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Plan looks at aging forest facilities

Public meeting on Facility Master Plan set from 5:30-7 p.m. Feb. 20 at the Grant County Regional Airport in John Day.

By Richard Hanners

Blue Mountain Eagle

Published on February 15, 2018 2:24PM

Last changed on February 15, 2018 2:59PM

The Aldrich Mountain Lookout on the Malheur National Forest.

Contributed photo/Rex Kamstra

The Aldrich Mountain Lookout on the Malheur National Forest.

The Frazier Lookout on the Malheur National Forest.

Contributed photo/U.S. Forest Service

The Frazier Lookout on the Malheur National Forest.

The Raddue Guard Station on the Malheur National Forest was abandoned about 15 years ago.

Contributed photo/U.S. Forest Service

The Raddue Guard Station on the Malheur National Forest was abandoned about 15 years ago.

The Flagtail Lookout on the Malheur National Forest.

Contributed photo/Rex Kamstra

The Flagtail Lookout on the Malheur National Forest.

The Murderer’s Creek Guard Station on the Malheur National Forest is used as a recreation rental.

Contributed photo/U.S. Forest Service

The Murderer’s Creek Guard Station on the Malheur National Forest is used as a recreation rental.

The message in the Malheur National Forest’s recently issued draft Facility Master Plan is bleak but not unique.

Insufficient funding and accumulating deterioration have created a “national junkyard” within the Forest Service’s portfolio of 40,000 administrative, recreation and research buildings nationwide, according to an InBusiness Magazine article cited by Teresa Dixon, a program manager at Malheur National Forest, in her talk to the Grant County Court Feb. 14.

Deteriorating buildings pose safety risks, with rotting floorboards, collapsing foundations — even swaying lookouts. They also pose health risks, including hantavirus and mold. While much damage is environmental, some is human-caused — including vandalism, graffiti and bullet holes, Dixon noted.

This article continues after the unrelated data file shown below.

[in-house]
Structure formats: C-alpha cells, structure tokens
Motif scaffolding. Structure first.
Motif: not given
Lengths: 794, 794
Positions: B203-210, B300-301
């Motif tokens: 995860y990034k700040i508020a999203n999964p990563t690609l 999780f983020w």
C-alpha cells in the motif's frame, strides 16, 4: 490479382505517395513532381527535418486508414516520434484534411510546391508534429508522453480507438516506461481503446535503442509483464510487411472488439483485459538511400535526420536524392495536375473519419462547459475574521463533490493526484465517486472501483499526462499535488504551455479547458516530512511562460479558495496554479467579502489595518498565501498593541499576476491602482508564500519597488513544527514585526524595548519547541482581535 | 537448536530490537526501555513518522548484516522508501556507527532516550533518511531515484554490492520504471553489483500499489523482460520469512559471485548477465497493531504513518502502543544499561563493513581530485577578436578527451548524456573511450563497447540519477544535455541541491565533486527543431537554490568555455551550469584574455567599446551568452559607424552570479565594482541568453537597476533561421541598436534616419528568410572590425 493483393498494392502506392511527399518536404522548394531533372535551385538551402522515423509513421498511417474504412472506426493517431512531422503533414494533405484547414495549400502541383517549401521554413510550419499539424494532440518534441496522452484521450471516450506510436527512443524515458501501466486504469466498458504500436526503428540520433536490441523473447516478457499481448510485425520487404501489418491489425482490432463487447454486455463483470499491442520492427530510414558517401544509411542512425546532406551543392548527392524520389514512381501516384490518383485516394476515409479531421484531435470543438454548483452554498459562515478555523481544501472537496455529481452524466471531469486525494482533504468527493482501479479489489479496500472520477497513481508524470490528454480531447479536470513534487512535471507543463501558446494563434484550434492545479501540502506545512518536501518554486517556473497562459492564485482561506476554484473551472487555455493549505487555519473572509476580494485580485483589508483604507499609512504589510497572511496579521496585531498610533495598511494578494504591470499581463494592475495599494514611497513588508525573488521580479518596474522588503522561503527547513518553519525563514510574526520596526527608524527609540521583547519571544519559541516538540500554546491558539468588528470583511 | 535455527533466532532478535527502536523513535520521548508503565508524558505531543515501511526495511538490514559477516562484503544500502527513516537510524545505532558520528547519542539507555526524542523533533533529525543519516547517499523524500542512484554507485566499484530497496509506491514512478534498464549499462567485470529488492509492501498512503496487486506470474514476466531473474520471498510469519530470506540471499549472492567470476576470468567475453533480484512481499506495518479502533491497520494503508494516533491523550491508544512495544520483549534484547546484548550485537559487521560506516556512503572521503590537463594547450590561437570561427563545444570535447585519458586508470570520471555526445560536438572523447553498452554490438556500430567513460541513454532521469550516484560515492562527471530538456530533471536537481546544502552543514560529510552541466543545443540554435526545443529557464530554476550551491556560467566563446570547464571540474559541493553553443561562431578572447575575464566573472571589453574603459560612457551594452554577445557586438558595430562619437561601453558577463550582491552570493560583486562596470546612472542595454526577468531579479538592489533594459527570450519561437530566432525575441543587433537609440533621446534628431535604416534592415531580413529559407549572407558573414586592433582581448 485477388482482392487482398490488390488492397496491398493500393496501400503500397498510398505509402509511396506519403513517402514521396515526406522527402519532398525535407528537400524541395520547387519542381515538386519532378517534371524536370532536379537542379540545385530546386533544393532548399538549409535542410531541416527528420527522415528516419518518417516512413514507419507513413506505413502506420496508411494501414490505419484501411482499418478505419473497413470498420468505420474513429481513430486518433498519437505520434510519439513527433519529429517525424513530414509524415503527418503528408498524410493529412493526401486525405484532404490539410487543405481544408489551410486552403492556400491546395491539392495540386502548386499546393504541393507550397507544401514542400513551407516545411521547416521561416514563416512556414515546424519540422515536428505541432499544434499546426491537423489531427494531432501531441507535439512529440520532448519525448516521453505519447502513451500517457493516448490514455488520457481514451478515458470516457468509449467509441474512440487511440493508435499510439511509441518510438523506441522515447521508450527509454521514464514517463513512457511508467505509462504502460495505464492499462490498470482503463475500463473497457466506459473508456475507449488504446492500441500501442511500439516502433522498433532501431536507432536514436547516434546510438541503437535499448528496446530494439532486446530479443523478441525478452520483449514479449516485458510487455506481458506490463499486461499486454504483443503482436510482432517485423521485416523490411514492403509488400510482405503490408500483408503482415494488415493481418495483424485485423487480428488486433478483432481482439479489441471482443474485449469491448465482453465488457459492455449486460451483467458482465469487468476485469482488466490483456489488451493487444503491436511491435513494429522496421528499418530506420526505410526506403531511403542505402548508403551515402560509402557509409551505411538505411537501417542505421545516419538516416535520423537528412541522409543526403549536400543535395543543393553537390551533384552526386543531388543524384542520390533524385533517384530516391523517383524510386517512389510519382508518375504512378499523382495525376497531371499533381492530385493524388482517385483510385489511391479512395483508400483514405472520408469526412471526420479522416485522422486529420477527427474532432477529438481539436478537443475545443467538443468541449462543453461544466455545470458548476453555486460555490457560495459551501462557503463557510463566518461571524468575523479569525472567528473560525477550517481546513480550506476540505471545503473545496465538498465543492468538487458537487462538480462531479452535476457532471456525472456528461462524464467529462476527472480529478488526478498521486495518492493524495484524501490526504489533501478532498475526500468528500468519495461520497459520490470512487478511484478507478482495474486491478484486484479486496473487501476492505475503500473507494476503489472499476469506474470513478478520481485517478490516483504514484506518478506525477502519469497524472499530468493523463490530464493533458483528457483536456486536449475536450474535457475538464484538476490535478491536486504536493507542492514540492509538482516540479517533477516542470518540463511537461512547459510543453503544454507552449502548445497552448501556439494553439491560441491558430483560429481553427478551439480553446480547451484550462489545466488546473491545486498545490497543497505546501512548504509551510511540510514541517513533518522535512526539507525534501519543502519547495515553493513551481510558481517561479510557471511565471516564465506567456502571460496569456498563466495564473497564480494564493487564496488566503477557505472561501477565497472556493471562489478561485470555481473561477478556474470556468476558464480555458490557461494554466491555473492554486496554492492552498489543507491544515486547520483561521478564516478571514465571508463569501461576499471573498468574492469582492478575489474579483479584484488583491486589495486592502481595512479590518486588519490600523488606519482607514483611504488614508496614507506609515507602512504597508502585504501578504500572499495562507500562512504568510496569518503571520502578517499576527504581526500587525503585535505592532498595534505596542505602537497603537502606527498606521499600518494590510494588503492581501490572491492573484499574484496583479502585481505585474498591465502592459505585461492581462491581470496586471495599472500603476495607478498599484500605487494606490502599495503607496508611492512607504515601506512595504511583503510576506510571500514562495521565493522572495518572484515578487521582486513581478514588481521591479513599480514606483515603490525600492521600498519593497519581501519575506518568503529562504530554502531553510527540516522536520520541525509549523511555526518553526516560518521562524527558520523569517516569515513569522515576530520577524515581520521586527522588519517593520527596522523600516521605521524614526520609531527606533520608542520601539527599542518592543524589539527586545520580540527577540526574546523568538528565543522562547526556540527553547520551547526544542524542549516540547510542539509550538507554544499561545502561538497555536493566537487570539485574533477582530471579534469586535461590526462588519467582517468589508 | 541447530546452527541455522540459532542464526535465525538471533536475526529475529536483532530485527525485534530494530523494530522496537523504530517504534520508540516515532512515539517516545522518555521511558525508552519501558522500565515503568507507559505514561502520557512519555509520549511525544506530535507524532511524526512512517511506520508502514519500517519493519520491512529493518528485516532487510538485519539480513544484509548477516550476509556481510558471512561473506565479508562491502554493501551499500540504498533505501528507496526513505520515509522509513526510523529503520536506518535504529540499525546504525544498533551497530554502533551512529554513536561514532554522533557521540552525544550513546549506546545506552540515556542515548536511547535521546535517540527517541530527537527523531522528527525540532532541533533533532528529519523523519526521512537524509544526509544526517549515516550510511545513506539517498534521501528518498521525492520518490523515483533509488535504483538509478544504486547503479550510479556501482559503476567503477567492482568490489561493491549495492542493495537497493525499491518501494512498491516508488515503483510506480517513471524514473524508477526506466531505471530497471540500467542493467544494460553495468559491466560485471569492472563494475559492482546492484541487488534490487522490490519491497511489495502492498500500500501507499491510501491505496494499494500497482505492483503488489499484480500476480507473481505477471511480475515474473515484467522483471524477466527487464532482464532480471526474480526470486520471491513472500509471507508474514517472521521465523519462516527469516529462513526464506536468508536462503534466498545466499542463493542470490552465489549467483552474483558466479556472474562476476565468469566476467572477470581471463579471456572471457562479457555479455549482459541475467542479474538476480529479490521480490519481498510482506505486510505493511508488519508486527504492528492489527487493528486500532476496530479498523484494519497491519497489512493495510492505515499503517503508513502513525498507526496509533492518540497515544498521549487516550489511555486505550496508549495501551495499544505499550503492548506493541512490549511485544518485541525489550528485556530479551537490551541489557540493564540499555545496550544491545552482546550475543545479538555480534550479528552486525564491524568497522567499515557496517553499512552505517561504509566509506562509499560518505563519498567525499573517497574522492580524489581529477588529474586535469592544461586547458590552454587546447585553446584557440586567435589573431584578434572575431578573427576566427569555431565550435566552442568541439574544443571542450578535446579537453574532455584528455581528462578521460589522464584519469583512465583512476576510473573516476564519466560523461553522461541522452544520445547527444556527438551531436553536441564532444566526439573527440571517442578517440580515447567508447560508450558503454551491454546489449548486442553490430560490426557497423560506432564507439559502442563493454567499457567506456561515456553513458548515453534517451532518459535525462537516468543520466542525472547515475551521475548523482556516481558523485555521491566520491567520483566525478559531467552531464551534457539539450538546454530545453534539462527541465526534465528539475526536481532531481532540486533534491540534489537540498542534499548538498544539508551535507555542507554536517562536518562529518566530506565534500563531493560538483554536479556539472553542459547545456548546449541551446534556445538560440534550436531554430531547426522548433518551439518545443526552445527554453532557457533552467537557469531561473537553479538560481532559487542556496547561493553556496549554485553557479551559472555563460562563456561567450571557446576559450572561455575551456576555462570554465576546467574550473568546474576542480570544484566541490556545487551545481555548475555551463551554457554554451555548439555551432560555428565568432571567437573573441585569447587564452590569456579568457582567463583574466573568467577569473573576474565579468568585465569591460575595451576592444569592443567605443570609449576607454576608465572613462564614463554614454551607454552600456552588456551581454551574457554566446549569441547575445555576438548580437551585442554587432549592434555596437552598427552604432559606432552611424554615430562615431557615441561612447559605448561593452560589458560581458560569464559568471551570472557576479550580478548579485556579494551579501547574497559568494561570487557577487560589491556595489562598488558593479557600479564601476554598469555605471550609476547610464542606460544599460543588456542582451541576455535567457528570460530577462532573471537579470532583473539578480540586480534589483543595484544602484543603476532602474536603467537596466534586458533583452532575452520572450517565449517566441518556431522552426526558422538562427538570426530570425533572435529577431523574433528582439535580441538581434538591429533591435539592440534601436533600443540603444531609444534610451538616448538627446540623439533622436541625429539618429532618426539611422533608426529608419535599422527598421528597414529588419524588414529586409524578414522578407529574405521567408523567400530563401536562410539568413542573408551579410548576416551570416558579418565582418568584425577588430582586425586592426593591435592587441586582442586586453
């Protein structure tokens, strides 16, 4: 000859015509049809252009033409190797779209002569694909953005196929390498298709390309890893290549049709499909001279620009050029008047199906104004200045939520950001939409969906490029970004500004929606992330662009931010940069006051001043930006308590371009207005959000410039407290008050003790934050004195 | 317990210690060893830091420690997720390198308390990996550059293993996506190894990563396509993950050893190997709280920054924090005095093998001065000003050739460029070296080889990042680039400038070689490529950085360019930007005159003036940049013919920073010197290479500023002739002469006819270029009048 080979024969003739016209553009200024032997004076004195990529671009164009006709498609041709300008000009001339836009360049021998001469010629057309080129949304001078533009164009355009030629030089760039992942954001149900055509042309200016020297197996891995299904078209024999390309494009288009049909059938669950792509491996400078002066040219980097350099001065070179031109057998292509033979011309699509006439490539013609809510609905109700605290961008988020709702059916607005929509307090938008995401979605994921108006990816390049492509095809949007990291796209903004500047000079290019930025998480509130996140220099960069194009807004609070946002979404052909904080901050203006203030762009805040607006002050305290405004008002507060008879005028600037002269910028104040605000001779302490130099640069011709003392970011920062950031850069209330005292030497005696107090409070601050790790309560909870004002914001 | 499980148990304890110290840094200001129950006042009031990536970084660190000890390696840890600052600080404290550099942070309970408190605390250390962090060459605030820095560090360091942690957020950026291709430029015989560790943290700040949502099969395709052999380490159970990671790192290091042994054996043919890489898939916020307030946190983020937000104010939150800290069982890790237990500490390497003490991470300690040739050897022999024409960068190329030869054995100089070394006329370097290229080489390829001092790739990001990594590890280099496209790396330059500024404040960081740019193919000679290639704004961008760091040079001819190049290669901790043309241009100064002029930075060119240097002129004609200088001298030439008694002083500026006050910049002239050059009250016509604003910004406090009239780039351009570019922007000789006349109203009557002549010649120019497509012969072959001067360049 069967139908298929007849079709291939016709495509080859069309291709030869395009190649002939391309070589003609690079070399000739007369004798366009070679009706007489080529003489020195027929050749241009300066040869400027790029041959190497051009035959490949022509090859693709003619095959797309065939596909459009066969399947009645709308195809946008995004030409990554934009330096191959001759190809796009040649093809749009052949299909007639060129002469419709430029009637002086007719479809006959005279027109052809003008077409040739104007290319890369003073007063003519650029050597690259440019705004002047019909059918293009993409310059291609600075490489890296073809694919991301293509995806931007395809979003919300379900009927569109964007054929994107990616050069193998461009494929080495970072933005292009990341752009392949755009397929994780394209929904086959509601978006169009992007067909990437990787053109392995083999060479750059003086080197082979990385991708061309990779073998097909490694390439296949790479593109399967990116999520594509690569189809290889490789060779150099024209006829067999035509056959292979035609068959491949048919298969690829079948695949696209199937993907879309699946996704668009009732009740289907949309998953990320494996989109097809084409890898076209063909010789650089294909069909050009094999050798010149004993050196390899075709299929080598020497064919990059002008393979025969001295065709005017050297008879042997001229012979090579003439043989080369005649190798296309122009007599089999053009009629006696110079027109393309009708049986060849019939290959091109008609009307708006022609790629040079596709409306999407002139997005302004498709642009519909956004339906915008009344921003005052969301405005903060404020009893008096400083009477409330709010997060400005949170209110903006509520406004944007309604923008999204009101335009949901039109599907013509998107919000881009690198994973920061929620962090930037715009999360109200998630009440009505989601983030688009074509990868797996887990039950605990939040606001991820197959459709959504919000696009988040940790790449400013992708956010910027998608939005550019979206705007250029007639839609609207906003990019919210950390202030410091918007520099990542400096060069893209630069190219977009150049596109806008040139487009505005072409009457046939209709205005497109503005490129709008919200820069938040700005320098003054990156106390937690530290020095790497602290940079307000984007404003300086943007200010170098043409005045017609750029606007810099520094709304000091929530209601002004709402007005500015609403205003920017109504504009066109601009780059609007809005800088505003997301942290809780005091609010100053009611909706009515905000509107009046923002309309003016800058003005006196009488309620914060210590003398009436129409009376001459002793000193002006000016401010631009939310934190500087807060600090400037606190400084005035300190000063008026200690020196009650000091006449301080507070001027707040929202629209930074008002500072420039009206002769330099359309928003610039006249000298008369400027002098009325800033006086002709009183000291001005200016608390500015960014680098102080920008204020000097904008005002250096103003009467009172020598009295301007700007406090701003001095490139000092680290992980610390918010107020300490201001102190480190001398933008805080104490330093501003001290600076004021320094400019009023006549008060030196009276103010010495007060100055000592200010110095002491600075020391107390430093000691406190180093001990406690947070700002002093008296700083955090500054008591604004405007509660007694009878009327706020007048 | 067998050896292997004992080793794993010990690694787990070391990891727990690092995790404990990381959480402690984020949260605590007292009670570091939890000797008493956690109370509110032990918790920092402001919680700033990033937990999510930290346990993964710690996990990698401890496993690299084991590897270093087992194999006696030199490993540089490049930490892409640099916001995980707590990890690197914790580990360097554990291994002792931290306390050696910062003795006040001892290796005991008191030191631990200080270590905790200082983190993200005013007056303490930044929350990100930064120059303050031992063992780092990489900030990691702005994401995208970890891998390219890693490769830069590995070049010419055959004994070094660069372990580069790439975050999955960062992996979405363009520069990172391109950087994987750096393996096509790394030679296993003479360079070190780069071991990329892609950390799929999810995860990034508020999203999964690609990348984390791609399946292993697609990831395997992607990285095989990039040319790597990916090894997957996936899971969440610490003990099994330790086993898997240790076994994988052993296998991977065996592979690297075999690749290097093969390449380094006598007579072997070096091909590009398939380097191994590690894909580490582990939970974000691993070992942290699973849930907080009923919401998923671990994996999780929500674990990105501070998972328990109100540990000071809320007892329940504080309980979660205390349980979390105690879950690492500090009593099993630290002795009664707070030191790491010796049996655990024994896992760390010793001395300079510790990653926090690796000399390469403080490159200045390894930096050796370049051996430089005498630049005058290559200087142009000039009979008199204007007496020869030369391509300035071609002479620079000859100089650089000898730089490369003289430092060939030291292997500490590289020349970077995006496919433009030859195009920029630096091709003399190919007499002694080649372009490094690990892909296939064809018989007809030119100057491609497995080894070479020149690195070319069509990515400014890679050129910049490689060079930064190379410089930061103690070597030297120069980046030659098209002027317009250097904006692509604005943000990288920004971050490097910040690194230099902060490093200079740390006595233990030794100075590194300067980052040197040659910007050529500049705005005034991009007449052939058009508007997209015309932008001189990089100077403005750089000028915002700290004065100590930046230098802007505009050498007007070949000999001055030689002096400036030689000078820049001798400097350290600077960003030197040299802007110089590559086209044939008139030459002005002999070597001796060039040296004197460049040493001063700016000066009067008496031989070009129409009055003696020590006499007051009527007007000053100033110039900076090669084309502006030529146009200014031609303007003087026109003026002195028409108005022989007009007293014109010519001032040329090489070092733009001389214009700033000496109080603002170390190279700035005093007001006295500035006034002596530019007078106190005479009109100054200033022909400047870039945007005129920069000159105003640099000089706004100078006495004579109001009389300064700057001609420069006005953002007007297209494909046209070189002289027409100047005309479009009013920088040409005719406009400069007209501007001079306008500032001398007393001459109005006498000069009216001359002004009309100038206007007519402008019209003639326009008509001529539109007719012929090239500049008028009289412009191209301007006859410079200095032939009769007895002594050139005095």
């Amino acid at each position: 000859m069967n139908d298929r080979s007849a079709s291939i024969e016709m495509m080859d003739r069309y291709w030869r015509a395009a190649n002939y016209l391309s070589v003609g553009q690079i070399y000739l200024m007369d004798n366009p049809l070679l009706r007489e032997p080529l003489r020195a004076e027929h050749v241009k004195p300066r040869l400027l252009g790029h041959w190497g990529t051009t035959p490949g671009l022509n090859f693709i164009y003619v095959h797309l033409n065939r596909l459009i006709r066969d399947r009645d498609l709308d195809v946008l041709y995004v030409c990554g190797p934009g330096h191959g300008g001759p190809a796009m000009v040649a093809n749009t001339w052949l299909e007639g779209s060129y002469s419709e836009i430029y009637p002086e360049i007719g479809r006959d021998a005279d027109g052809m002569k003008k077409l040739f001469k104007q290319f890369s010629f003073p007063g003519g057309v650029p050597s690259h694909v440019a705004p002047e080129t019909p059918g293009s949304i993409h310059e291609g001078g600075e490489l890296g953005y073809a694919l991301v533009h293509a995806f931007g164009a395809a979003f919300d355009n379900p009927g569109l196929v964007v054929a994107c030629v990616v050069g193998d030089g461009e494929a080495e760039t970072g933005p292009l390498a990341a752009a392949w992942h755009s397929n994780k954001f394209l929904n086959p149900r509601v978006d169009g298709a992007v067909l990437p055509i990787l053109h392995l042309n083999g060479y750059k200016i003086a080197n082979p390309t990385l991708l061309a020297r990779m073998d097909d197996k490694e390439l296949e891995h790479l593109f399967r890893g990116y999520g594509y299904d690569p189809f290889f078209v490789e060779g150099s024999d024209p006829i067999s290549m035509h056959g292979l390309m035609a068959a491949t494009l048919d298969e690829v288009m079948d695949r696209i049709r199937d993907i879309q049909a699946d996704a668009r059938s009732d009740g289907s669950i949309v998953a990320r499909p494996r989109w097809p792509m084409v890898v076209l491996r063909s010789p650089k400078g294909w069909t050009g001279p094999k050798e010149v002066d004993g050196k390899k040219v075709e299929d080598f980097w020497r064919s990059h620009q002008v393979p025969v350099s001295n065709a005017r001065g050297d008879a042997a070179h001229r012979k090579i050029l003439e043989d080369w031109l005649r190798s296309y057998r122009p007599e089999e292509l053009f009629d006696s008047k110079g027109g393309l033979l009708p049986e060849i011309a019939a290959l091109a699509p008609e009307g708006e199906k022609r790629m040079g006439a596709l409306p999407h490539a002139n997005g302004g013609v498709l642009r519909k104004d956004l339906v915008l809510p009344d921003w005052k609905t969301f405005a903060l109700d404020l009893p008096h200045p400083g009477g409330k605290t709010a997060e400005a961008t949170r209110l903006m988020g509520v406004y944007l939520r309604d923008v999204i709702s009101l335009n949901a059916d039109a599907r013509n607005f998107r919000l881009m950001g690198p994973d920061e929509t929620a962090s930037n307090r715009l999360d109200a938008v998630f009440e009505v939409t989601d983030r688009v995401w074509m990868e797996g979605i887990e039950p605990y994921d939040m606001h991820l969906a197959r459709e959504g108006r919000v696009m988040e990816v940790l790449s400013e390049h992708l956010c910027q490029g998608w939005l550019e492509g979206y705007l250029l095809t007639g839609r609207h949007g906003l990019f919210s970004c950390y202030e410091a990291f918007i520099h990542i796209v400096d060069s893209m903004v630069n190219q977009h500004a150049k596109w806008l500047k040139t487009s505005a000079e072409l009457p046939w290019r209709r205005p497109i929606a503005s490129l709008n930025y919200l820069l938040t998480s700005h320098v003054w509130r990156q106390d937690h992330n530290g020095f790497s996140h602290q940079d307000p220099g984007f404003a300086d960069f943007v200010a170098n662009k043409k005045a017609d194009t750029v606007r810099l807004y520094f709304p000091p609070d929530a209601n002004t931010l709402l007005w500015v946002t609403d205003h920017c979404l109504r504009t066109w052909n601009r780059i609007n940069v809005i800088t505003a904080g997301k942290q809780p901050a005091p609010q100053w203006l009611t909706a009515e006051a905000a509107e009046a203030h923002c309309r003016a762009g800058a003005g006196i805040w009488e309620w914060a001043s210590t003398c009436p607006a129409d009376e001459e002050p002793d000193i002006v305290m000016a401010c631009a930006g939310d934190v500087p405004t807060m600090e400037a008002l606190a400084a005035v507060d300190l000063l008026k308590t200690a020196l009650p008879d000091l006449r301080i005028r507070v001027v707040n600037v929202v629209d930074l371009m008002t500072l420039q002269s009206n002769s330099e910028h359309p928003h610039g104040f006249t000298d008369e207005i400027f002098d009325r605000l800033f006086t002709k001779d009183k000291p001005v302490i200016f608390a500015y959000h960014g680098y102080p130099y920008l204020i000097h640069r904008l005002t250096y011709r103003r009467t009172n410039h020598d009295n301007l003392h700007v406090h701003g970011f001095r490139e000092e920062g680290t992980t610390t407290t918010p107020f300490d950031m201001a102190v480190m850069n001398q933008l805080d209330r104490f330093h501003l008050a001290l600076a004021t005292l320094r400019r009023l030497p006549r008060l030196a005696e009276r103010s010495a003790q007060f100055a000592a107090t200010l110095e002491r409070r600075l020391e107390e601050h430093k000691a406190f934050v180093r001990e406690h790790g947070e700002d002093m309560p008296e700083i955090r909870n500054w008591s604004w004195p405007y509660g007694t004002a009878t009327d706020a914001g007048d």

Gloomy finances

Nationwide, the Forest Service has identified 3,374 buildings that it wants to decommission. These buildings need $195 million worth of repairs, while the maintenance bill for all Forest Service buildings is estimated to be $1.1 billion.

Locally, the Malheur National Forest owns 133 fire, administration or other (FAO) buildings and leases two more. Replacement value for these buildings, including guard stations, firefighter housing and lookouts, is estimated to be $36.8 million, while maintenance funding needed to keep them up is $1.1 million.

The forest also has 45 developed recreation sites with 94 associated buildings — mostly toilets. The forest has 31 developed campgrounds, including 21 that charge fees, as well as five recreational rentals, four snow parks and five miscellaneous sites. Replacement value for these sites is estimated at $3.3 million, and funding needed to maintain them is $103,086.

But forest funding available for maintaining FAO and recreation buildings meets only 15 percent and 18 percent of the need, respectively. And this available funding does not address the $3.8 million in deferred maintenance for FAO and $325,148 for recreation buildings on the forest.

These deferred maintenance estimates “appear to be very low and not representative of actual” deferred maintenance, Dixon said. For one thing, the forest’s facilities are surveyed once every five years and must be updated, she noted.

Nationwide, the Forest Service estimates it needs $390 million for annual maintenance but has only $65 million available. The Malheur National Forest has a funding gap of $960,000 for FAO buildings and $303,648 for recreation buildings.

One way to deal with this funding gap could be to raise revenue — such as increasing existing fees or implementing new fees at developed campgrounds. Recreation sites on the Malheur National Forest generated $111,865 in fees, while maintenance costs were $117,470. But occupancy at the forest’s campgrounds ranges from 80 percent in summer and hunting season to zero for other parts of the year. Remoteness is also a factor in driving up maintenance costs.